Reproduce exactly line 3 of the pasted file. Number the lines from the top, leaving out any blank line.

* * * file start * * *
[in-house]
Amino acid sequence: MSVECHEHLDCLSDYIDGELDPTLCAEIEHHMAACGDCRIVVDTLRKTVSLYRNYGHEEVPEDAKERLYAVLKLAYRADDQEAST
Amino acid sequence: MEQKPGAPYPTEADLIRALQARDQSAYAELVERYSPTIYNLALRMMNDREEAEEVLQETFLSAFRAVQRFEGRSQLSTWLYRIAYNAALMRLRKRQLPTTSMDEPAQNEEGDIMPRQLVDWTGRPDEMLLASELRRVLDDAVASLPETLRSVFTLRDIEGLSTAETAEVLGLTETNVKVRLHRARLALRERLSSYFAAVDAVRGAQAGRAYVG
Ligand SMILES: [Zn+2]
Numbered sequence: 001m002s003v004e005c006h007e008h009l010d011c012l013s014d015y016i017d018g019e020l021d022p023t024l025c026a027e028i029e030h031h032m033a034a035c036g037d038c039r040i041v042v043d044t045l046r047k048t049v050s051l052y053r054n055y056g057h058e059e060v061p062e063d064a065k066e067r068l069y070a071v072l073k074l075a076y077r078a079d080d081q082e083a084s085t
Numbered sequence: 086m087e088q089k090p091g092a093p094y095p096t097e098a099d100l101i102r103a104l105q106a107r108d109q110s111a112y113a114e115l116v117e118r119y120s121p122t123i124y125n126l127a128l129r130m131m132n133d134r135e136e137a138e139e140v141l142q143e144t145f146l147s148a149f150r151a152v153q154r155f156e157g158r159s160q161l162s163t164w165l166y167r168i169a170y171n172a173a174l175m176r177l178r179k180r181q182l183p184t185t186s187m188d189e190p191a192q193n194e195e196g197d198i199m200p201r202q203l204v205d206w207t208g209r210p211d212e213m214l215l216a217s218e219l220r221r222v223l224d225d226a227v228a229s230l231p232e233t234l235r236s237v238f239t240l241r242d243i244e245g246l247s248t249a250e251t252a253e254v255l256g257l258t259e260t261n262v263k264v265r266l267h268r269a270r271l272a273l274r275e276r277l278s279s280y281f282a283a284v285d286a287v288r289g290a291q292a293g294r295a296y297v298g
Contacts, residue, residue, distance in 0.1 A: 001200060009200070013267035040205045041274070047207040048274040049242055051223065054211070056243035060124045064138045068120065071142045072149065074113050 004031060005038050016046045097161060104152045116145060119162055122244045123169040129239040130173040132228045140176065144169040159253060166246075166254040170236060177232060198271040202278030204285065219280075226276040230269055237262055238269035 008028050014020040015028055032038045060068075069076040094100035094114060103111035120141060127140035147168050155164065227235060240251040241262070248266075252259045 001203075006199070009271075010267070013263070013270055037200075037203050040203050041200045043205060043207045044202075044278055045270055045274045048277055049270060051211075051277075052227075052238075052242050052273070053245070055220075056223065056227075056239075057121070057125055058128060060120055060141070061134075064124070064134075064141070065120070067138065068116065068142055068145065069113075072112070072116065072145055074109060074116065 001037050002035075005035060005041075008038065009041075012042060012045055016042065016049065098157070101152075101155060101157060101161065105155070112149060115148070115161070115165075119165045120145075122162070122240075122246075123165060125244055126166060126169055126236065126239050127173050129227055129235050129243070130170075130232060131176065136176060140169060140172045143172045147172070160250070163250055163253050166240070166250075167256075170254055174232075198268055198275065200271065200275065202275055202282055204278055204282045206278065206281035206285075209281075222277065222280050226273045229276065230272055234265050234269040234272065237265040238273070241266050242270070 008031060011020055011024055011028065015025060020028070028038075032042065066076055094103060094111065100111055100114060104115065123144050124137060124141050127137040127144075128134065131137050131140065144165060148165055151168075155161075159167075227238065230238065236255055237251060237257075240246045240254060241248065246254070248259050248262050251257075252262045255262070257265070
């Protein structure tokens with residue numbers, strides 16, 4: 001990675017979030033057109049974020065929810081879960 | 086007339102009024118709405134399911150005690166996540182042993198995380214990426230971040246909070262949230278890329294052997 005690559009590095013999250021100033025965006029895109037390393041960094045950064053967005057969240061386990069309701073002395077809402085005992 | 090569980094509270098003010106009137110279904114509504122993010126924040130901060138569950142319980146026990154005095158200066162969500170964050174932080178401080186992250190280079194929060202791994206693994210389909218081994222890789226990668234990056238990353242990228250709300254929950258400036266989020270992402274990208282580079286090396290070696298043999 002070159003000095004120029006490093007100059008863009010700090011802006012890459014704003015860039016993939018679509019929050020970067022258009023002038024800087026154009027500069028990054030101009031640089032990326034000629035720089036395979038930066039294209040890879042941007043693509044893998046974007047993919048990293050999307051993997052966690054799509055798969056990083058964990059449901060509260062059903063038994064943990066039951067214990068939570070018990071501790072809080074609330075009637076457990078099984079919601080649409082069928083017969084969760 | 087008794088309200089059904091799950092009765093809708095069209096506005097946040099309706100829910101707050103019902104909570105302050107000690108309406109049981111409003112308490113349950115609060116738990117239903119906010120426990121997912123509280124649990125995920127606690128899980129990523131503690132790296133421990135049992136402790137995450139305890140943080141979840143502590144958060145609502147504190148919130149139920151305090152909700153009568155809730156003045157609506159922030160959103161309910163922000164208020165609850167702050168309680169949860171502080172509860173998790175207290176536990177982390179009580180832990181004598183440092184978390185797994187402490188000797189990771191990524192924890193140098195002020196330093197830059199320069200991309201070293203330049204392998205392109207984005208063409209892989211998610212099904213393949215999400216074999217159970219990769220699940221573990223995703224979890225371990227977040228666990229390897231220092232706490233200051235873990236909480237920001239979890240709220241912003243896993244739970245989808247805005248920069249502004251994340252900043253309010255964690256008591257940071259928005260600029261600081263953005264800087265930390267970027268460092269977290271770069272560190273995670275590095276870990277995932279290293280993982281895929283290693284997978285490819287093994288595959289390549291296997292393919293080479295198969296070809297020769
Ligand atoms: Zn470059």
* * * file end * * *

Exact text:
Amino acid sequence: MEQKPGAPYPTEADLIRALQARDQSAYAELVERYSPTIYNLALRMMNDREEAEEVLQETFLSAFRAVQRFEGRSQLSTWLYRIAYNAALMRLRKRQLPTTSMDEPAQNEEGDIMPRQLVDWTGRPDEMLLASELRRVLDDAVASLPETLRSVFTLRDIEGLSTAETAEVLGLTETNVKVRLHRARLALRERLSSYFAAVDAVRGAQAGRAYVG